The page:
Zirconia compared to titanium dental implants in preclinical studies-A systematic review and meta-analysis

Clin Oral Implants Res. 2019 May;30(5):365-395. doi: 10.1111/clr.13425. Epub 2019 Apr 16.

Abstract

Objectives: To evaluate whether zirconia implants demonstrate differences in hard and soft tissue integration compared to titanium implants in preclinical studies.

Material and methods: In March 2017, electronic (MEDLINE, EMBASE) and hand search was performed to identify preclinical studies comparing zirconia and titanium implants. Primary outcomes were bone-to-implant contact (BIC) and removal torque out (RTQ), respectively, push-in (PI) measurements. Secondary outcomes included biologic width (BW) dimensions.

Results: A total of 37 studies were included for data extraction after screening of 91 from 1,231 selected titles. Thirty-seven experimental studies using six different species were identified. The follow-up periods ranged between 0.4 and 56 weeks. For titanium, mean values of 59.1% (95% CI: 53.3 - 64.8), 102.6 Ncm (95% CI: 81.5 - 123.6), and 25.1 N (95% CI: 20.2 - 30.0) for BIC, RTQ, and PI were estimated, respectively. The mean values for zirconia were 55.9% (95% CI: 51.6 - 60.1), 71.5 Ncm (95% CI: 51.1 - 91.9), and 22.0 N (95% CI: 13.2 - 30.7) for corresponding parameters. Confounding factors such as animal species, implant material, loading protocol, and study or loading duration significantly influenced the outcomes. Similar qualitative soft tissue integration was reported for zirconia and titanium implants. However, faster maturation processes of epithelial and connective tissues around zirconia implants were assumed. Quantitatively, similar BW dimensions were evaluated for titanium (3.5 mm; 95% CI: 2.9 - 4.2) and zirconia (3.2 mm; 95% CI: 2.7 - 3.7), whereas the loading protocol significantly influenced the outcomes.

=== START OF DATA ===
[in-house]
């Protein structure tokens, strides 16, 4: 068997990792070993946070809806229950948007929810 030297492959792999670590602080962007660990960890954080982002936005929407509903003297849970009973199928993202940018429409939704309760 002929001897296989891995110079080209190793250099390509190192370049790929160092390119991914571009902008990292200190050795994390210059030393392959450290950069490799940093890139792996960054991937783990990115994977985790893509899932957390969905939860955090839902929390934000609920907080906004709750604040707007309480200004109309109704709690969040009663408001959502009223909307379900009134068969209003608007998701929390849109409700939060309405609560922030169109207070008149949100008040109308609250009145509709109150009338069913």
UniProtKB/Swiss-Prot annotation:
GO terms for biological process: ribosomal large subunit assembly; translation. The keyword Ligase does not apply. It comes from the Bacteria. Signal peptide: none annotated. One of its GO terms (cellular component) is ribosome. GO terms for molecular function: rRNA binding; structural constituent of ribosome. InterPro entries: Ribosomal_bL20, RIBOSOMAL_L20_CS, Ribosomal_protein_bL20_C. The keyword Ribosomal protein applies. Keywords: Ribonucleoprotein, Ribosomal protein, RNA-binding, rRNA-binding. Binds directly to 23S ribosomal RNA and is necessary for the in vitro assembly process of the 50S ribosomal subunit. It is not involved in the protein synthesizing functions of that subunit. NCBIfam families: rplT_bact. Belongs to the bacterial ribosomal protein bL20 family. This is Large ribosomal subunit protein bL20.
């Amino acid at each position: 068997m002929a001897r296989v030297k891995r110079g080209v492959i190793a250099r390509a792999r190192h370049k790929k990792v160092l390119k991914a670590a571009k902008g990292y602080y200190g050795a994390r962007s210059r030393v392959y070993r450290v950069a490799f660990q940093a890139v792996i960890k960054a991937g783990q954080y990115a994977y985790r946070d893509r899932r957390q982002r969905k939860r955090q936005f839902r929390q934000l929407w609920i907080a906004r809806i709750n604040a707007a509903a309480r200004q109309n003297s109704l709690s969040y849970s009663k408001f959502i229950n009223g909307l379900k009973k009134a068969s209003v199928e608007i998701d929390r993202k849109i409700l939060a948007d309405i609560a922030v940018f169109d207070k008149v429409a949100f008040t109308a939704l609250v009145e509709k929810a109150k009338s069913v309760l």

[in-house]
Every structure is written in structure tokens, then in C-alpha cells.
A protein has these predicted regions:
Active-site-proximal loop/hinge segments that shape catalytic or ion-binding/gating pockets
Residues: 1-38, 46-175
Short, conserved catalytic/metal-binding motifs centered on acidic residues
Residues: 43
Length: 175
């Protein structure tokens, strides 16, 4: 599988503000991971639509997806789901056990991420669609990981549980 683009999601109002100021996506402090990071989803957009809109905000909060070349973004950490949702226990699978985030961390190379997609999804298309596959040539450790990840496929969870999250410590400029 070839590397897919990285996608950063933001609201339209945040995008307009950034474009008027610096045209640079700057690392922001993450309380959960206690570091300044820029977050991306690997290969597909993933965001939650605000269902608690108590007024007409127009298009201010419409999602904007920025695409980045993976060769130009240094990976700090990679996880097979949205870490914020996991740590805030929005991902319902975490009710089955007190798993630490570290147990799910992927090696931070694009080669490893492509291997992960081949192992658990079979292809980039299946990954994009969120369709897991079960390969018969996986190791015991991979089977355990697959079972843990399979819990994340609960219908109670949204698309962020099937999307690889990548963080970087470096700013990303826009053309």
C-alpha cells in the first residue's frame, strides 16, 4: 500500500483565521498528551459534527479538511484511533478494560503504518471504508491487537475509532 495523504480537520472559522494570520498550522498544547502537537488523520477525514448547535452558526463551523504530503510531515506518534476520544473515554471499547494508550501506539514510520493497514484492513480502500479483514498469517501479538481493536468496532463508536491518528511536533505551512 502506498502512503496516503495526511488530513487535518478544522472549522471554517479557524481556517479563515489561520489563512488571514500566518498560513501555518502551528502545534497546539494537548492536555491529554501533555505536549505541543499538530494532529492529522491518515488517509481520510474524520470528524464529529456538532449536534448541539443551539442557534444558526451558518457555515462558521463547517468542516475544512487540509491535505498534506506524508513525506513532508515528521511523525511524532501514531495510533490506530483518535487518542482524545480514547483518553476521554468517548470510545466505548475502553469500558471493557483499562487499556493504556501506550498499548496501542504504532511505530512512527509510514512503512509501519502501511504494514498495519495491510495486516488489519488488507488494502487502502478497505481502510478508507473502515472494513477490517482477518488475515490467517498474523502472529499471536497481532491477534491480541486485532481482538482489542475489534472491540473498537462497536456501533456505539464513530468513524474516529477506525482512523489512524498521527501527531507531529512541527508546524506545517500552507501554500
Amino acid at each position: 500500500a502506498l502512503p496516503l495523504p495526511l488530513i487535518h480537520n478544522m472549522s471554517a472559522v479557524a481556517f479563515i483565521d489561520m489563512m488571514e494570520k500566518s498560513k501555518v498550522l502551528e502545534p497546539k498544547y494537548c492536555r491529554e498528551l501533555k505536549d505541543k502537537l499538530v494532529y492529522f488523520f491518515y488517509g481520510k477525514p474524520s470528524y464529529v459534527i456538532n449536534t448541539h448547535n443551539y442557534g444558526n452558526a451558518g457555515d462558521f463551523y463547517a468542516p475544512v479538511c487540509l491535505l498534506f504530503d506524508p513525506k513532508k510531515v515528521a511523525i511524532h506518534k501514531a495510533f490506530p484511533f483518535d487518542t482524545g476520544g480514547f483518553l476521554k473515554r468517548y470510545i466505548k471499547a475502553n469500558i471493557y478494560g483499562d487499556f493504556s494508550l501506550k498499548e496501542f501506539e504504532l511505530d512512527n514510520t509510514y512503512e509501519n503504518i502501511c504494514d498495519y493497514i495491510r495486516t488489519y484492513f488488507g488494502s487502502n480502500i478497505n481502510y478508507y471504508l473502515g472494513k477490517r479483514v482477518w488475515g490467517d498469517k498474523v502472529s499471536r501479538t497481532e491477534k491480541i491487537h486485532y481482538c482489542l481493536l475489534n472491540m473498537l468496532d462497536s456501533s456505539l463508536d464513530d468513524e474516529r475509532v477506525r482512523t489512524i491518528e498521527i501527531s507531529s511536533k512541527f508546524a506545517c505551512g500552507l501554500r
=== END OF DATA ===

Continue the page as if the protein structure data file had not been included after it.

Conclusions: Zirconia and titanium implants demonstrate a similar soft and hard tissue integration capacity. However, titanium tended to show a faster initial osseointegration process compared to zirconia. Importantly, not only material characteristics but predominantly animal species and study protocols can significantly influence the outcomes.

Keywords: bone remodeling; dental implants; osseointegration; soft tissue; titanium; yttria-stabilized tetragonal zirconia; zirconium oxide.

Publication types

  • Meta-Analysis
  • Review
  • Systematic Review

MeSH terms

  • Animals
  • Dental Implants*
  • Dental Prosthesis Design
  • Osseointegration
  • Surface Properties
  • Titanium
  • Zirconium

Substances

  • Dental Implants
  • Zirconium
  • Titanium
  • zirconium oxide